During the consultations, stakeholders indicated that they do not agree with the use of the band method because it tries to capture the potential value of the property rather than focusing on the current use as forested lands.


Recommendation:

  • It is recommended that the band method not be applied to the assessment of managed forest properties.

Discussion:

The provincial policy direction regarding the assessment of managed forest properties is clearly set out in the Assessment Act where it states that the current value (i.e. the assessed value) of managed forests "shall be based only on the current use of the land and not other uses to which the land could be put."


Assessment of Mixed-Use Properties

During the consultations, concern was expressed with MPAC's method of apportioning the assessed value of mixed-use properties into different classes. It was suggested that a higher value should be assigned to the managed forest portion of the property which is taxed at a reduced rate, and a lower value should be assigned to the occupied portion of the property that is subject to taxation at the full residential rate.


Recommendation:

  • It is recommended that the Province not prescribe an apportionment methodology to be used in the assessment of managed forests on mixed-use parcels.

Discussion:

It is believed that MPAC is in the best position to determine the appropriate methodology by which to apportion the assessment of a property into different classes based on the different uses of each portion of the property.


Eligible Property

The Ministry of Natural Resources has proposed that the eligibility criteria for the managed forest property class be revised in the following three respects:

  • expand eligibility by removing the Canadian citizenship ownership requirement;
  • expand eligibility to include natural areas that cannot support trees (e.g. rock facing) as part of eligible forested area;
  • limit eligibility on golf courses and ski hills by requiring a minimum contiguous forested area that is 40 metres in width and five acres in area.

Recommendation:

  • It is recommended that the Canadian citizenship ownership requirement be removed as a prerequisite to eligibility for the managed forest property class. Properties should be assessed based on their use, not based on the nationality of their owners.

    It is also recommended that the Canadian citizenship ownership requirement be removed from the farmlands property class.
  • It is recommended that eligibility for the managed forest property class be expanded to include portions of the natural landscape that cannot support trees, provided that these areas are surrounded by eligible managed forest.

Oversight and Administration

The Ministry of Natural Resources (MNR) is responsible for overseeing the administration of the managed forest property class. The roles performed by MNR (and its designated agents) in this regard include the following:

  • receiving and reviewing applications from property owners who want to be included in the managed forest property class;
  • reviewing managed forest plans to ensure conformity with prescribed eligibility criteria;
  • notifying MPAC of the properties which are eligible for inclusion in the managed forest property class each year;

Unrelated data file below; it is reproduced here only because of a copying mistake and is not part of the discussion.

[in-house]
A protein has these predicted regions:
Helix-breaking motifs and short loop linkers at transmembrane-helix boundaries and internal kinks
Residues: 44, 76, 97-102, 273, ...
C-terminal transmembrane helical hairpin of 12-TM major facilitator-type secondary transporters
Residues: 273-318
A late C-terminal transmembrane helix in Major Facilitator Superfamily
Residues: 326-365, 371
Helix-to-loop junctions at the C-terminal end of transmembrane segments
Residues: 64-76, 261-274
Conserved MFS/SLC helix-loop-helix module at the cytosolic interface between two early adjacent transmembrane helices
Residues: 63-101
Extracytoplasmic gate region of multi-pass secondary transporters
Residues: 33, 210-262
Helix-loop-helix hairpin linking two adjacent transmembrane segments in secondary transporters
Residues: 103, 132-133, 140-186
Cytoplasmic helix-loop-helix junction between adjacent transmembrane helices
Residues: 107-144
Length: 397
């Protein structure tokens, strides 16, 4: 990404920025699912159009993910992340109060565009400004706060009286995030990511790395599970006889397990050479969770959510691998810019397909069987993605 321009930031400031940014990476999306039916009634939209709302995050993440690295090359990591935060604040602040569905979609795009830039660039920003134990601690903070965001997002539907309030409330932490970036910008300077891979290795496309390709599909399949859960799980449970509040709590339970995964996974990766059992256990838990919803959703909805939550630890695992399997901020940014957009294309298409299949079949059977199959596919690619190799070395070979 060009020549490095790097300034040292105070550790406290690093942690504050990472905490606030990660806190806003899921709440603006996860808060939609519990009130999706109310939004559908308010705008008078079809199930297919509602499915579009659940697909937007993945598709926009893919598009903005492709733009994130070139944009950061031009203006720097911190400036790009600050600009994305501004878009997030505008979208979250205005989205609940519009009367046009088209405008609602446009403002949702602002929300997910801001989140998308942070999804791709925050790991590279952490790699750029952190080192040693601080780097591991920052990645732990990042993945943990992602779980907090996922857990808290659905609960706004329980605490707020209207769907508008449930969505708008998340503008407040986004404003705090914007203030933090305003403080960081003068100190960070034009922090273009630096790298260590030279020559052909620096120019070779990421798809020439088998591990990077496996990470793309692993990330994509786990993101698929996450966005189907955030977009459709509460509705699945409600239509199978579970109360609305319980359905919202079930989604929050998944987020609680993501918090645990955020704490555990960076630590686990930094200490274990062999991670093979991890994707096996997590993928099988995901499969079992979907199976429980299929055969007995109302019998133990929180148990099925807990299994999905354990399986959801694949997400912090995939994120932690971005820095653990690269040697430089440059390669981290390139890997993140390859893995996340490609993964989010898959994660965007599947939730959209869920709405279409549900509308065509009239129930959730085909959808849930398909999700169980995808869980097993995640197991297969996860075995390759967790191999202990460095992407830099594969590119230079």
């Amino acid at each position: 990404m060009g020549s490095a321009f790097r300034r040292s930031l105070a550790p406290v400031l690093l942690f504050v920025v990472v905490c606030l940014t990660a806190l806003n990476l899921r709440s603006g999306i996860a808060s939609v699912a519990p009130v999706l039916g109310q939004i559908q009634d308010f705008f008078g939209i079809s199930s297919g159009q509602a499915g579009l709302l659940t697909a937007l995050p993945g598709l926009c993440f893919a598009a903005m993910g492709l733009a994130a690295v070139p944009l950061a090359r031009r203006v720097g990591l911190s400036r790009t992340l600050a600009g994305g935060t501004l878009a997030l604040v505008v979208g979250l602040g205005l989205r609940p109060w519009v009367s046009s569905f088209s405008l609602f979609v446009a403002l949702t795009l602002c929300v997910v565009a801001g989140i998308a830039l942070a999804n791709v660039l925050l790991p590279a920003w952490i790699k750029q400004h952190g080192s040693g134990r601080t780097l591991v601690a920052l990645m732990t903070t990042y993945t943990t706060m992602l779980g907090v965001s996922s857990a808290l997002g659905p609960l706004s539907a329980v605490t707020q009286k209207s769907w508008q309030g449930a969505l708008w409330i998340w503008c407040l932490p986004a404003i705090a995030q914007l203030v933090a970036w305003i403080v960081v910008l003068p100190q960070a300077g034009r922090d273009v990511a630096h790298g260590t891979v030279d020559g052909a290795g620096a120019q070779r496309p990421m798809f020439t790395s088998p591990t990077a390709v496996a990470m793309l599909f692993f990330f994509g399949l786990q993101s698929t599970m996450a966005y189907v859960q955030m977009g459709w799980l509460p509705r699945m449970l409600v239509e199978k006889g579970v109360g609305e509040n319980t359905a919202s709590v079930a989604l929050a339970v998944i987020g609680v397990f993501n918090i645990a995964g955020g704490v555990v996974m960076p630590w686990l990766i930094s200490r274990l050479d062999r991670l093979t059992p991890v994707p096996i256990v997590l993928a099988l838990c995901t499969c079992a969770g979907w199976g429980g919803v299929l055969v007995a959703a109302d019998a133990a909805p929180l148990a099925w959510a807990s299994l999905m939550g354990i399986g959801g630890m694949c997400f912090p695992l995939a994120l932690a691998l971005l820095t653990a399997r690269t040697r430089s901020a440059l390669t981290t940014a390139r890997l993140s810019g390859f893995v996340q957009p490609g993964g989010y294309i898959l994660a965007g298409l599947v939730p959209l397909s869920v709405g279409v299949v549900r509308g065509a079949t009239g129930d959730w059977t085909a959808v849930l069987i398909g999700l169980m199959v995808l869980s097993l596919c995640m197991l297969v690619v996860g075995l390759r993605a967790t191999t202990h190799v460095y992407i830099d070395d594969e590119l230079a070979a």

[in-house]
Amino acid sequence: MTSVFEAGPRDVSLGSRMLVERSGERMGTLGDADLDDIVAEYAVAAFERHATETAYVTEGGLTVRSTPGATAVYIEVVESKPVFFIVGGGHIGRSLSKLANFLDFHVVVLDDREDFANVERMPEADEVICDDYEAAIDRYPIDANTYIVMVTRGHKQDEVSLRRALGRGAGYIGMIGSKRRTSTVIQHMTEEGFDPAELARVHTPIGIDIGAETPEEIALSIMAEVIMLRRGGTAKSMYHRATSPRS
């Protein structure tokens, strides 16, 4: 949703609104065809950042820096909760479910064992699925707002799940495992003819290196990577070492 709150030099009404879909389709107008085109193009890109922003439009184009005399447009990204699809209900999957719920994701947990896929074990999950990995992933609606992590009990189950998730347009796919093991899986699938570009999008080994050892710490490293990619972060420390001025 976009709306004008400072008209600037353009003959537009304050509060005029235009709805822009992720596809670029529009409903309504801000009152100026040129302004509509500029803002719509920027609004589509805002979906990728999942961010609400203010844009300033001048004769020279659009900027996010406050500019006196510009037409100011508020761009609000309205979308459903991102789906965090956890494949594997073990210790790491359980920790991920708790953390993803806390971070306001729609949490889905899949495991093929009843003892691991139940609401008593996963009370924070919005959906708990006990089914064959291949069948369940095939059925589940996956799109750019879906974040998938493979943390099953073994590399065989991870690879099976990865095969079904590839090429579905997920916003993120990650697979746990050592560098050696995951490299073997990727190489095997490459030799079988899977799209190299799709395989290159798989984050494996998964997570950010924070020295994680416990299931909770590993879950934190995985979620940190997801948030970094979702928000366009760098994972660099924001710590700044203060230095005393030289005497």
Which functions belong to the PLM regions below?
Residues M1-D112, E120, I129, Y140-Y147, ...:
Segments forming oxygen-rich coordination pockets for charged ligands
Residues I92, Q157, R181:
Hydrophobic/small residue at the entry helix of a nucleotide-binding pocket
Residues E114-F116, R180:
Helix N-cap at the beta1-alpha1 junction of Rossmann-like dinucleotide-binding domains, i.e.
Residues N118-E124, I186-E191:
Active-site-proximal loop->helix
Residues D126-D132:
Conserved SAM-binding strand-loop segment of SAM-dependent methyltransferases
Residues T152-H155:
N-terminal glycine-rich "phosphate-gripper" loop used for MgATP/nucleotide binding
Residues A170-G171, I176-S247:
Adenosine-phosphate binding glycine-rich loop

• resolving disputes about the classification of managed forest lands.

MNR has requested several changes to the prescribed program administration requirements.


Recommendation:

  • In view of the administrative changes proposed by the Ministry of Natural Resources, the following program administration changes are recommended:
    • Change the application deadline from August 31 to July 31.

    • Change the application period from annual to every ten years. However, to successfully implement a ten-year application cycle, the following precautions are recommended:

      • ensure that property owners receive adequate advance notice of the application deadline at the end of each ten-year cycle;

      • annual inspections should be conducted prior to the preparation of the assessment roll to ensure that properties are still meeting the eligibility criteria for the managed forest class;

      • ensure that MPAC has the authority to change the classification of managed forest properties during the ten-year cycle if activities are conducted on the property which are inconsistent with the eligibility criteria for the class.

    • Provide new owners with 90 days within which to apply for inclusion in the managed forest property class. It will be important for MNR to ensure that new owners are notified of this application requirement.

    • Give authority to the Mining and Lands Commissioner to accept late applications where there are mitigating circumstances. Consistent with the recommendation made above with respect to the farm property class, it is recommended that the Commissioner be authorized to accept and approve applications that are submitted up to December 31st of the taxation year.

    • Remove the obligation for property owners to submit entire managed forest plans and only require that relevant portions of the plans, as specified by MNR, be submitted with the application.

    • Allow MNR to exclude properties from the managed forest property class, but only in situations where the landowner has violated one or more of the eligibility criteria in section 9 of O. Reg. 282/98 or in its managed forest plan.

    • Permit MNR to inspect properties for up to a year after they leave the managed forest property class. If it is found that activities were conducted on the property which violated the eligibility criteria of the class, MPAC should be notified and authorized to issue a notice of supplementary or omitted assessment to remove the managed forest classification back to the date of the offending activity.

  • It is recommended that MNR not be authorized to delegate its obligation to consider requests for reconsideration to an outside agent. The request for reconsideration process was designed to have a neutral government authority deliberating over disputed classifications.